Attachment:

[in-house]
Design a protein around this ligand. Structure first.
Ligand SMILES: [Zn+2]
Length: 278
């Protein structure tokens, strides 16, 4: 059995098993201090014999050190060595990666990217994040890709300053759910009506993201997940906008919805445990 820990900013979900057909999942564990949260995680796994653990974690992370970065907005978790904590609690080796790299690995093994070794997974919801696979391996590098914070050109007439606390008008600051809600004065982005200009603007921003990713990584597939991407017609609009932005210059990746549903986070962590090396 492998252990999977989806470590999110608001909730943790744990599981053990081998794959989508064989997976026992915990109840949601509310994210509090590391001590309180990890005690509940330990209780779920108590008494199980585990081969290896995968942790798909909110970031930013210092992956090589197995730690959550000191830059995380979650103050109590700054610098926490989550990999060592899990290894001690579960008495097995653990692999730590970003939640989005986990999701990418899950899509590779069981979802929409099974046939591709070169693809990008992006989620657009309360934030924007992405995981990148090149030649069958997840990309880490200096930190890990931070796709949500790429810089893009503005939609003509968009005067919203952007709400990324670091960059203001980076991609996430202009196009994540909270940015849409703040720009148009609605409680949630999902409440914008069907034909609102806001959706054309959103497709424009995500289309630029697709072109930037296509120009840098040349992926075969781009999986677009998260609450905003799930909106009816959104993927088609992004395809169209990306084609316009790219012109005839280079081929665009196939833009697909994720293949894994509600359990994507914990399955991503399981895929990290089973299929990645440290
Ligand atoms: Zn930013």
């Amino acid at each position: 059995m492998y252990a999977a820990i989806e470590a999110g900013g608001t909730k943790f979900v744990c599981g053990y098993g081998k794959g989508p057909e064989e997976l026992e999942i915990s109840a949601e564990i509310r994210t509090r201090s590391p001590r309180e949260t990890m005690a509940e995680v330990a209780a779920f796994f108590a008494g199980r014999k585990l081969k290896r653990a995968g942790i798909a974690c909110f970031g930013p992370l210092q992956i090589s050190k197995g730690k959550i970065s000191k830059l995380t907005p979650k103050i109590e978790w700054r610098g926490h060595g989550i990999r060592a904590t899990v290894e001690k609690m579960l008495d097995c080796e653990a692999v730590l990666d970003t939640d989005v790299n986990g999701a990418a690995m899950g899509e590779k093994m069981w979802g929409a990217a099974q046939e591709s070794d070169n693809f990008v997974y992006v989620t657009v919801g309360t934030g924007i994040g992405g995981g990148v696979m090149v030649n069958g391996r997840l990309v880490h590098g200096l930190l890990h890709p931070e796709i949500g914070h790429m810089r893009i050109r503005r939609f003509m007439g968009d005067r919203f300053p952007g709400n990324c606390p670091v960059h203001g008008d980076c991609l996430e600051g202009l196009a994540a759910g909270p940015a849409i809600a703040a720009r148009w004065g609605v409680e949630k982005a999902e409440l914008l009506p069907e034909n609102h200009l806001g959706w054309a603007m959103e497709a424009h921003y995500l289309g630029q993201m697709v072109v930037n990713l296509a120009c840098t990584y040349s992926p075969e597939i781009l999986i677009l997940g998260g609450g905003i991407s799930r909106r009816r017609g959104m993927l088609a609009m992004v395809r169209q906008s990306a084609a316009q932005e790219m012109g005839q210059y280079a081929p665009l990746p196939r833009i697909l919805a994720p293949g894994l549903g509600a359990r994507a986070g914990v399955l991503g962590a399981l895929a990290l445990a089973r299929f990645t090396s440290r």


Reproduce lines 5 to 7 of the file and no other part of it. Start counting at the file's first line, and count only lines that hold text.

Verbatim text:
């Protein structure tokens, strides 16, 4: 059995098993201090014999050190060595990666990217994040890709300053759910009506993201997940906008919805445990 820990900013979900057909999942564990949260995680796994653990974690992370970065907005978790904590609690080796790299690995093994070794997974919801696979391996590098914070050109007439606390008008600051809600004065982005200009603007921003990713990584597939991407017609609009932005210059990746549903986070962590090396 492998252990999977989806470590999110608001909730943790744990599981053990081998794959989508064989997976026992915990109840949601509310994210509090590391001590309180990890005690509940330990209780779920108590008494199980585990081969290896995968942790798909909110970031930013210092992956090589197995730690959550000191830059995380979650103050109590700054610098926490989550990999060592899990290894001690579960008495097995653990692999730590970003939640989005986990999701990418899950899509590779069981979802929409099974046939591709070169693809990008992006989620657009309360934030924007992405995981990148090149030649069958997840990309880490200096930190890990931070796709949500790429810089893009503005939609003509968009005067919203952007709400990324670091960059203001980076991609996430202009196009994540909270940015849409703040720009148009609605409680949630999902409440914008069907034909609102806001959706054309959103497709424009995500289309630029697709072109930037296509120009840098040349992926075969781009999986677009998260609450905003799930909106009816959104993927088609992004395809169209990306084609316009790219012109005839280079081929665009196939833009697909994720293949894994509600359990994507914990399955991503399981895929990290089973299929990645440290
Ligand atoms: Zn930013």
């Amino acid at each position: 059995m492998y252990a999977a820990i989806e470590a999110g900013g608001t909730k943790f979900v744990c599981g053990y098993g081998k794959g989508p057909e064989e997976l026992e999942i915990s109840a949601e564990i509310r994210t509090r201090s590391p001590r309180e949260t990890m005690a509940e995680v330990a209780a779920f796994f108590a008494g199980r014999k585990l081969k290896r653990a995968g942790i798909a974690c909110f970031g930013p992370l210092q992956i090589s050190k197995g730690k959550i970065s000191k830059l995380t907005p979650k103050i109590e978790w700054r610098g926490h060595g989550i990999r060592a904590t899990v290894e001690k609690m579960l008495d097995c080796e653990a692999v730590l990666d970003t939640d989005v790299n986990g999701a990418a690995m899950g899509e590779k093994m069981w979802g929409a990217a099974q046939e591709s070794d070169n693809f990008v997974y992006v989620t657009v919801g309360t934030g924007i994040g992405g995981g990148v696979m090149v030649n069958g391996r997840l990309v880490h590098g200096l930190l890990h890709p931070e796709i949500g914070h790429m810089r893009i050109r503005r939609f003509m007439g968009d005067r919203f300053p952007g709400n990324c606390p670091v960059h203001g008008d980076c991609l996430e600051g202009l196009a994540a759910g909270p940015a849409i809600a703040a720009r148009w004065g609605v409680e949630k982005a999902e409440l914008l009506p069907e034909n609102h200009l806001g959706w054309a603007m959103e497709a424009h921003y995500l289309g630029q993201m697709v072109v930037n990713l296509a120009c840098t990584y040349s992926p075969e597939i781009l999986i677009l997940g998260g609450g905003i991407s799930r909106r009816r017609g959104m993927l088609a609009m992004v395809r169209q906008s990306a084609a316009q932005e790219m012109g005839q210059y280079a081929p665009l990746p196939r833009i697909l919805a994720p293949g894994l549903g509600a359990r994507a986070g914990v399955l991503g962590a399981l895929a990290l445990a089973r299929f990645t090396s440290r």